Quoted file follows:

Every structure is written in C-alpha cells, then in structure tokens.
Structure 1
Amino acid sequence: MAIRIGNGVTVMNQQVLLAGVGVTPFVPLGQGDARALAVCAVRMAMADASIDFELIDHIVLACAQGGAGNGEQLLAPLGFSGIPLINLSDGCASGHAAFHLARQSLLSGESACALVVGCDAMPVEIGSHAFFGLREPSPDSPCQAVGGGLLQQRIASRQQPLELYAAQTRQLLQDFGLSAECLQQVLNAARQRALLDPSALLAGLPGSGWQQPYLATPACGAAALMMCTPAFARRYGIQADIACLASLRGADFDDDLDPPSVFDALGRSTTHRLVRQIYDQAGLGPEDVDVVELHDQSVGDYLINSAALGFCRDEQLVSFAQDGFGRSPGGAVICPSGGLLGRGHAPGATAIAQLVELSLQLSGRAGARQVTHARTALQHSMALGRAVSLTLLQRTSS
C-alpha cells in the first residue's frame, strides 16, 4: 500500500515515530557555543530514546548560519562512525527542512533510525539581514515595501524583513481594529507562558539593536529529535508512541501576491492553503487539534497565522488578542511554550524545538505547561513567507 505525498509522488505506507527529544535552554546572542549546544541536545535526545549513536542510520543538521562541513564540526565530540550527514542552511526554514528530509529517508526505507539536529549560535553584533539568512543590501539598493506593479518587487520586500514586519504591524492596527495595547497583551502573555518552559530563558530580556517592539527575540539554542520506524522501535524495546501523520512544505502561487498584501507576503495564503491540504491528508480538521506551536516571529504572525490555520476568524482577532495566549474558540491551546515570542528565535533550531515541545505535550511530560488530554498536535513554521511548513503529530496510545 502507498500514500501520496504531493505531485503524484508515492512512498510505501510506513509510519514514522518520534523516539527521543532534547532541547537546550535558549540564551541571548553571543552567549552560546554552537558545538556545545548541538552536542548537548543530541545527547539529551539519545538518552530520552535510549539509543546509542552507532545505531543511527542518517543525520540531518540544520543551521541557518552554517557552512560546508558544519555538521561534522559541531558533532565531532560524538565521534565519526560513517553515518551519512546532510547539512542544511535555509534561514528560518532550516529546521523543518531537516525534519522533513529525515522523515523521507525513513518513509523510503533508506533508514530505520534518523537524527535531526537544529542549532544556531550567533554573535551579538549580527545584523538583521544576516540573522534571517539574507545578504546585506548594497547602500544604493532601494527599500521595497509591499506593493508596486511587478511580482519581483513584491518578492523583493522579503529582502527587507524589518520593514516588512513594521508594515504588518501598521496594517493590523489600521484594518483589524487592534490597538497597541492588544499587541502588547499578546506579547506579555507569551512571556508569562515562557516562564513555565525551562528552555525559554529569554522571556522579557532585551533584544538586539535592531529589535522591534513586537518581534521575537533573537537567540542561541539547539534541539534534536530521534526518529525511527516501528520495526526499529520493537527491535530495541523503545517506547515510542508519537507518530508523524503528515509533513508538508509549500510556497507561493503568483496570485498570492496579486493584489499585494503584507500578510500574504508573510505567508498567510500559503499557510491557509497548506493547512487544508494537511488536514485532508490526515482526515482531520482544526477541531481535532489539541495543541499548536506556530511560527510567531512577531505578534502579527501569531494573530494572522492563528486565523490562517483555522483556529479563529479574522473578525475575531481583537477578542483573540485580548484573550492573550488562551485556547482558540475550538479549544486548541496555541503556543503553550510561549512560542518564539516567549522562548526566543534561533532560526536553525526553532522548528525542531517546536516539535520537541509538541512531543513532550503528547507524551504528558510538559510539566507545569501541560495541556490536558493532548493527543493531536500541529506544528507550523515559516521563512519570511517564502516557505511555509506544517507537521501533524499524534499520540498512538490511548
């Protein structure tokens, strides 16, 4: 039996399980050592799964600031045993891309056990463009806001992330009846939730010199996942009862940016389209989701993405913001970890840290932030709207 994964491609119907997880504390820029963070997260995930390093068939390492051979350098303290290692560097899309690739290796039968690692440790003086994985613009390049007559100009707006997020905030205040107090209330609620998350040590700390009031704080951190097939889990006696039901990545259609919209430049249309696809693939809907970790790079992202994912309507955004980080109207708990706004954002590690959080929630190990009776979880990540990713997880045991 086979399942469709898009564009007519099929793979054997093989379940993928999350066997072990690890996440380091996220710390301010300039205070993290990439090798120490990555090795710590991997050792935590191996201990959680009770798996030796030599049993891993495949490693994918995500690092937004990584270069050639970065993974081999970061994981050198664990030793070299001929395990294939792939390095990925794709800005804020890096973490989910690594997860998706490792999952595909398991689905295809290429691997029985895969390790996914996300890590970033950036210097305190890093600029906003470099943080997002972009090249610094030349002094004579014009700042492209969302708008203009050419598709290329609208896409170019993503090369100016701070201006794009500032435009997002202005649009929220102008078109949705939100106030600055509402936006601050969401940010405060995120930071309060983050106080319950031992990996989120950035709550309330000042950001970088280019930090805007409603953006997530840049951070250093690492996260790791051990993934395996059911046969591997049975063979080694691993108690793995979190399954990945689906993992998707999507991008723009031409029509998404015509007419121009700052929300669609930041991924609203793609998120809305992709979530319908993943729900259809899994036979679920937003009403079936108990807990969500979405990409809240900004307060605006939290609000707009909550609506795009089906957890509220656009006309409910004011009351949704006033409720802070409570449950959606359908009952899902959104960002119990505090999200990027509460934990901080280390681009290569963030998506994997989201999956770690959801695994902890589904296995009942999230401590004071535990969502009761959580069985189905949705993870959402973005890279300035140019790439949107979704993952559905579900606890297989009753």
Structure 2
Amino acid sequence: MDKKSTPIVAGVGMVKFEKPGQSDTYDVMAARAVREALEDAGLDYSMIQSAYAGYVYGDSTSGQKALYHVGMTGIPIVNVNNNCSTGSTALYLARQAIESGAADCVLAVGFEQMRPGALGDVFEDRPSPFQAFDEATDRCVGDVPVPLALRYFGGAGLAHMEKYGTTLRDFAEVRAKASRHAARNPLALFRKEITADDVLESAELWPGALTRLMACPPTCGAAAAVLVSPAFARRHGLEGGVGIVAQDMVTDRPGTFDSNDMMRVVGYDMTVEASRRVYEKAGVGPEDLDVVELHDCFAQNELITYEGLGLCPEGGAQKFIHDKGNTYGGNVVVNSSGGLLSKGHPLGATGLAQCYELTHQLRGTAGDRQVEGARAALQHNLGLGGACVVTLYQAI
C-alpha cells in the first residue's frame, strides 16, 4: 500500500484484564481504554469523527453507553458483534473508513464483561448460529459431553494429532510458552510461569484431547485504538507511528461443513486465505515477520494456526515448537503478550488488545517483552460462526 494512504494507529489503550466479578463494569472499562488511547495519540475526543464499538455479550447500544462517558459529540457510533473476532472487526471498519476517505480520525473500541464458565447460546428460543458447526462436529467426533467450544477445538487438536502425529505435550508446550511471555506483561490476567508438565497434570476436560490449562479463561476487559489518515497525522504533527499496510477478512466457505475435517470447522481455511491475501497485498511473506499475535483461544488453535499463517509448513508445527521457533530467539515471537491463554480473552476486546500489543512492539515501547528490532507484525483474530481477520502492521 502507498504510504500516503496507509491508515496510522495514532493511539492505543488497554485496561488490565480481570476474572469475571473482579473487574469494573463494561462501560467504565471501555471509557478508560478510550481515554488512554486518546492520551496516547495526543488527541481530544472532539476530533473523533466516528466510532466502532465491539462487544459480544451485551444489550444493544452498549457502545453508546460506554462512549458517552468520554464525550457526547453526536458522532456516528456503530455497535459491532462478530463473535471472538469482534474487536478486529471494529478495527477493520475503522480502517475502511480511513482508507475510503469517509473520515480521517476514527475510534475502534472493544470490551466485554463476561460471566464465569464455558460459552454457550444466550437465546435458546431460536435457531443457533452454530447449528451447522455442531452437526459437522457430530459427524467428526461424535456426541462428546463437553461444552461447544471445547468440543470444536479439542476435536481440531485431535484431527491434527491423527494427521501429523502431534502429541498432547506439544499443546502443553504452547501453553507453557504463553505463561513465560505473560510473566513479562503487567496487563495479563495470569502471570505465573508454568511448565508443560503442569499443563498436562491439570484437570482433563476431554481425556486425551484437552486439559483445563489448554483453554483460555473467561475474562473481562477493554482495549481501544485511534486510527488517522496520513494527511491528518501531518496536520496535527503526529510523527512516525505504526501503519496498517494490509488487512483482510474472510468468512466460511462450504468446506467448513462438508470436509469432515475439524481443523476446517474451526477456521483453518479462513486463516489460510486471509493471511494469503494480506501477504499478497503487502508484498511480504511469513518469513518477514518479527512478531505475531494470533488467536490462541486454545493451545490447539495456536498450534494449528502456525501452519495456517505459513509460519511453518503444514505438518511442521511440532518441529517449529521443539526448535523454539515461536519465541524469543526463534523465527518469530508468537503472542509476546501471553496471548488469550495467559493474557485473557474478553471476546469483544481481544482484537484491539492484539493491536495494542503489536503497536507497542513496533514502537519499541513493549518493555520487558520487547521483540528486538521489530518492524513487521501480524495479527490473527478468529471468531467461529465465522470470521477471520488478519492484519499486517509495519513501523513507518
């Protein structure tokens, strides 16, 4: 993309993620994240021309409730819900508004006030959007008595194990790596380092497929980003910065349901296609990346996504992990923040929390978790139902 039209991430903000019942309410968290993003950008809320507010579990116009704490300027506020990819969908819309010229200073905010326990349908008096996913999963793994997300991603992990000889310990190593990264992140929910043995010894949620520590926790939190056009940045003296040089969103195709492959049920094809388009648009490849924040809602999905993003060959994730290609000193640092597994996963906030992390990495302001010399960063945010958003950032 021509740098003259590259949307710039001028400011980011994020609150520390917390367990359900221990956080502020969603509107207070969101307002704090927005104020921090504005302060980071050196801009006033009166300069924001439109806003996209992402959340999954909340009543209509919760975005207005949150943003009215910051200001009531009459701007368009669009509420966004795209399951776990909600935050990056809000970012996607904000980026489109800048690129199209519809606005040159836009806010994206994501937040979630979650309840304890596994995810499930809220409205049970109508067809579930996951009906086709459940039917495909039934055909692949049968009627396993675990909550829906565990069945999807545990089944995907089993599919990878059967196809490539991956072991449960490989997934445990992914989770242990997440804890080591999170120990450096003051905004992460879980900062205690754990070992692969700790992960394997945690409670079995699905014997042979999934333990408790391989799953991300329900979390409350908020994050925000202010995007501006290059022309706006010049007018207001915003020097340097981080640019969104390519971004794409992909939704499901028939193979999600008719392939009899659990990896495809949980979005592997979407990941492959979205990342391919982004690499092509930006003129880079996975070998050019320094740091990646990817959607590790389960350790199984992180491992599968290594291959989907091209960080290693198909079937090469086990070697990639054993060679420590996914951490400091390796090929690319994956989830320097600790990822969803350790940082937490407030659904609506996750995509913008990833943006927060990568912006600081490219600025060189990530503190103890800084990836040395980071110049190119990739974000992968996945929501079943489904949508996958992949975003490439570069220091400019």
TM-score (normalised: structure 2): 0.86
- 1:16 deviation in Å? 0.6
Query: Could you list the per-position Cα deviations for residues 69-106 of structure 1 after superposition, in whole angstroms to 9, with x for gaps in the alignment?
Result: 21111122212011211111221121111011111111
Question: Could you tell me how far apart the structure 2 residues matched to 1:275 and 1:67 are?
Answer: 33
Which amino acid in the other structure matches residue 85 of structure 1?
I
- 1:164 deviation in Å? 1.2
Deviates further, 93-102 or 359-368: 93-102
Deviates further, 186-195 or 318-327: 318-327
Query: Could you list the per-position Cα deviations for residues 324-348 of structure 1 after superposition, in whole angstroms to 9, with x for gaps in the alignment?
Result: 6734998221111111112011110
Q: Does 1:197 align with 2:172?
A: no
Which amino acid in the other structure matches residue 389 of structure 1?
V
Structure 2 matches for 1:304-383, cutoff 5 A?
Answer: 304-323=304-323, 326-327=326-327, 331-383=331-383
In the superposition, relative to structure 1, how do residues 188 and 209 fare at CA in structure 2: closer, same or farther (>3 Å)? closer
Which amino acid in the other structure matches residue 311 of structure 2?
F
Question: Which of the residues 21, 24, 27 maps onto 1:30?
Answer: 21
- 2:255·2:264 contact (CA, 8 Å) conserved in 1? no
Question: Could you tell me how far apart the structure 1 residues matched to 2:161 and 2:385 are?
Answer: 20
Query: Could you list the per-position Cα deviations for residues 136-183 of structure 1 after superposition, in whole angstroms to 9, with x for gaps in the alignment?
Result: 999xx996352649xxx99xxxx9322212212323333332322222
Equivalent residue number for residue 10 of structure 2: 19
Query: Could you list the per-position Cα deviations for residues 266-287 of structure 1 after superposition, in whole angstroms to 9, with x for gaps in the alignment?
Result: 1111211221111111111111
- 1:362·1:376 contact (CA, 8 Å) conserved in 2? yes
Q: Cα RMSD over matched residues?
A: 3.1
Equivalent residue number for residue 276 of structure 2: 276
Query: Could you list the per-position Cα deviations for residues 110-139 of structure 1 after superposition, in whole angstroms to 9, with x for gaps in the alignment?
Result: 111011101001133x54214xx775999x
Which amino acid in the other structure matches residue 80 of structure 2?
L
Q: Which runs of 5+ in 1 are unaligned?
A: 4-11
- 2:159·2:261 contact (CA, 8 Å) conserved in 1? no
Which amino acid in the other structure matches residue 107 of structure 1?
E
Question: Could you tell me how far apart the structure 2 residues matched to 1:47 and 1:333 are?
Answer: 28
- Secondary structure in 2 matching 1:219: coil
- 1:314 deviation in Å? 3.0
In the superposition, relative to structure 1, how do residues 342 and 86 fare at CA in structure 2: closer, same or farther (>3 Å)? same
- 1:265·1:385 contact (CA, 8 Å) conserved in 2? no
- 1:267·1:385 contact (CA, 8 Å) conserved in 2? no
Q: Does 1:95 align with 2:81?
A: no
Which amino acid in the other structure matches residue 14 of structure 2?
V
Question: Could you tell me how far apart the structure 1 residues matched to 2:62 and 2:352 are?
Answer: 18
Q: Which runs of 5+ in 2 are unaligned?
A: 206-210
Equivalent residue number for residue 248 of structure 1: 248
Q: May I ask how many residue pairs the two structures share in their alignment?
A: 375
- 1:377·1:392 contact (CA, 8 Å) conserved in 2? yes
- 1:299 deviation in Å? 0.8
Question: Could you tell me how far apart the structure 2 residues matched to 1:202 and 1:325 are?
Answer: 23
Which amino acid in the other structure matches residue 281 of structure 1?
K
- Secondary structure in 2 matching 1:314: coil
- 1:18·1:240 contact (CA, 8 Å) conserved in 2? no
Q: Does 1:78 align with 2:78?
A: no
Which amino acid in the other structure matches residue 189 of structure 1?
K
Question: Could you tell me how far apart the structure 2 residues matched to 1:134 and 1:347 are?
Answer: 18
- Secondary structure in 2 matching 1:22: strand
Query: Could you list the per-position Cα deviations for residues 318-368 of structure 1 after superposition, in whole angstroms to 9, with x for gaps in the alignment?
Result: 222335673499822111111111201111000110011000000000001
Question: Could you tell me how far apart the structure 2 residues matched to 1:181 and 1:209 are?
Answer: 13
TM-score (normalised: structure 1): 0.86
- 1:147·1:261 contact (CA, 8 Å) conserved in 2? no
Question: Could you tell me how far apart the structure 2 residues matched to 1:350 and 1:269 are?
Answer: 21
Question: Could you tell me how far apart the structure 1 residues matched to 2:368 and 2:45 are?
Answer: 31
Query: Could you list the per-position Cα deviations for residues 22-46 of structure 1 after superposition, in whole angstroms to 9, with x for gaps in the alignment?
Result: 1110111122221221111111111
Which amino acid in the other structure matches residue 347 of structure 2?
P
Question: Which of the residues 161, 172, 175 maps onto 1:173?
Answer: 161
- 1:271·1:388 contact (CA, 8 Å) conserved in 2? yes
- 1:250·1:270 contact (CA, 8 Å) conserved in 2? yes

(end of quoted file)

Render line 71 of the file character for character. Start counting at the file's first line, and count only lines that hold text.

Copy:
Q: May I ask how many residue pairs the two structures share in their alignment?